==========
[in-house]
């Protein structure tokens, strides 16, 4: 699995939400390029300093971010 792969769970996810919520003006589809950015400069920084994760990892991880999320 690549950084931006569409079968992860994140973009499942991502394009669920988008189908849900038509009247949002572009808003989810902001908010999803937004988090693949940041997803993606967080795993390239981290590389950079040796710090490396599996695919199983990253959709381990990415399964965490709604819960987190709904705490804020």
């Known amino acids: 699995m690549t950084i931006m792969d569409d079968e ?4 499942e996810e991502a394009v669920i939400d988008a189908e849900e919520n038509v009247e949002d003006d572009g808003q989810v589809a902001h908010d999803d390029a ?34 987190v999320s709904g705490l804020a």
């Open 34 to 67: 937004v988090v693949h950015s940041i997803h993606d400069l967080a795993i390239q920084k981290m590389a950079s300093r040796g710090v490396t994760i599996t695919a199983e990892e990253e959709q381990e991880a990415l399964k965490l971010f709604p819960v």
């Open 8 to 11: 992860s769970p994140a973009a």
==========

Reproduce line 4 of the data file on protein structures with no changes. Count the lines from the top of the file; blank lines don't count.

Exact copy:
């Open 34 to 67: 937004v988090v693949h950015s940041i997803h993606d400069l967080a795993i390239q920084k981290m590389a950079s300093r040796g710090v490396t994760i599996t695919a199983e990892e990253e959709q381990e991880a990415l399964k965490l971010f709604p819960v």